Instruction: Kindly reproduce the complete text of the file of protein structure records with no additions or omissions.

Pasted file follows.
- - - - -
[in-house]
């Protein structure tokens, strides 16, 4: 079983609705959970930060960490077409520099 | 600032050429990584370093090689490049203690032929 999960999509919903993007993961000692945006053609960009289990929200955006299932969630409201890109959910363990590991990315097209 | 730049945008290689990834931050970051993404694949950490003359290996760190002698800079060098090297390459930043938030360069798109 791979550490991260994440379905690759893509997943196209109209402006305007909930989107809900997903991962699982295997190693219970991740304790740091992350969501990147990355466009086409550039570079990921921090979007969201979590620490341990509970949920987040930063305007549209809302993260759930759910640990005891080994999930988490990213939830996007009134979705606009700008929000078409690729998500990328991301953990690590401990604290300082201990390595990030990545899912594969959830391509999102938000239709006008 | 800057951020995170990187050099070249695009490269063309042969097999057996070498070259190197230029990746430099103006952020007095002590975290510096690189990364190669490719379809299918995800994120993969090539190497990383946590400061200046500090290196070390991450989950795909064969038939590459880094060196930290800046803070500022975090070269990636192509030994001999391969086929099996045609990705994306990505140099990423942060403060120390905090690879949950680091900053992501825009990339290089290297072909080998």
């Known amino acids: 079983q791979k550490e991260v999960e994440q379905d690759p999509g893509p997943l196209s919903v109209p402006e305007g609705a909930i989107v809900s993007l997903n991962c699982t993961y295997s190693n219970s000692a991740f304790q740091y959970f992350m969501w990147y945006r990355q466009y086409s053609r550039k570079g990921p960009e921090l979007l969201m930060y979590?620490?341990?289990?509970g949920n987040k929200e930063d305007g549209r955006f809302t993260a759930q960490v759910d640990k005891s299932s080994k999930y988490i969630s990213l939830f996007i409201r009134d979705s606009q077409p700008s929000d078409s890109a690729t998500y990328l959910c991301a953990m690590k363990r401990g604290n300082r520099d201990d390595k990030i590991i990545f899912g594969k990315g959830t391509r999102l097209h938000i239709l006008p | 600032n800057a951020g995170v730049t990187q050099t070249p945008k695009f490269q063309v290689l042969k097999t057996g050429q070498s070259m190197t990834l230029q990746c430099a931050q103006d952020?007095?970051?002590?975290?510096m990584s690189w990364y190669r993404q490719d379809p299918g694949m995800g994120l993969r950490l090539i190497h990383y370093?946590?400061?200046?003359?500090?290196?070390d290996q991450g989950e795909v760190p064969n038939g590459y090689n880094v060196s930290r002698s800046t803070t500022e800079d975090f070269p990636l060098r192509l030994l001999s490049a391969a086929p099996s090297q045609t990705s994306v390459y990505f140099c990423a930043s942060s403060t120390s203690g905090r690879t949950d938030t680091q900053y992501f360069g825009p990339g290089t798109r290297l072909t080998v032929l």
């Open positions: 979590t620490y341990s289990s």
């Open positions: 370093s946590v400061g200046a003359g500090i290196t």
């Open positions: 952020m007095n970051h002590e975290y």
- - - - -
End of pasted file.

[in-house]
């Protein structure tokens, strides 16, 4: 079983609705959970930060960490077409520099 | 600032050429990584370093090689490049203690032929 999960999509919903993007993961000692945006053609960009289990929200955006299932969630409201890109959910363990590991990315097209 | 730049945008290689990834931050970051993404694949950490003359290996760190002698800079060098090297390459930043938030360069798109 791979550490991260994440379905690759893509997943196209109209402006305007909930989107809900997903991962699982295997190693219970991740304790740091992350969501990147990355466009086409550039570079990921921090979007969201979590620490341990509970949920987040930063305007549209809302993260759930759910640990005891080994999930988490990213939830996007009134979705606009700008929000078409690729998500990328991301953990690590401990604290300082201990390595990030990545899912594969959830391509999102938000239709006008 | 800057951020995170990187050099070249695009490269063309042969097999057996070498070259190197230029990746430099103006952020007095002590975290510096690189990364190669490719379809299918995800994120993969090539190497990383946590400061200046500090290196070390991450989950795909064969038939590459880094060196930290800046803070500022975090070269990636192509030994001999391969086929099996045609990705994306990505140099990423942060403060120390905090690879949950680091900053992501825009990339290089290297072909080998």
């Known amino acids: 079983q791979k550490e991260v999960e994440q379905d690759p999509g893509p997943l196209s919903v109209p402006e305007g609705a909930i989107v809900s993007l997903n991962c699982t993961y295997s190693n219970s000692a991740f304790q740091y959970f992350m969501w990147y945006r990355q466009y086409s053609r550039k570079g990921p960009e921090l979007l969201m930060y979590?620490?341990?289990?509970g949920n987040k929200e930063d305007g549209r955006f809302t993260a759930q960490v759910d640990k005891s299932s080994k999930y988490i969630s990213l939830f996007i409201r009134d979705s606009q077409p700008s929000d078409s890109a690729t998500y990328l959910c991301a953990m690590k363990r401990g604290n300082r520099d201990d390595k990030i590991i990545f899912g594969k990315g959830t391509r999102l097209h938000i239709l006008p | 600032n800057a951020g995170v730049t990187q050099t070249p945008k695009f490269q063309v290689l042969k097999t057996g050429q070498s070259m190197t990834l230029q990746c430099a931050q103006d952020?007095?970051?002590?975290?510096m990584s690189w990364y190669r993404q490719d379809p299918g694949m995800g994120l993969r950490l090539i190497h990383y370093?946590?400061?200046?003359?500090?290196?070390d290996q991450g989950e795909v760190p064969n038939g590459y090689n880094v060196s930290r002698s800046t803070t500022e800079d975090f070269p990636l060098r192509l030994l001999s490049a391969a086929p099996s090297q045609t990705s994306v390459y990505f140099c990423a930043s942060s403060t120390s203690g905090r690879t949950d938030t680091q900053y992501f360069g825009p990339g290089t798109r290297l072909t080998v032929l």
């Open positions: 979590t620490y341990s289990s």
């Open positions: 370093s946590v400061g200046a003359g500090i290196t």
């Open positions: 952020m007095n970051h002590e975290y």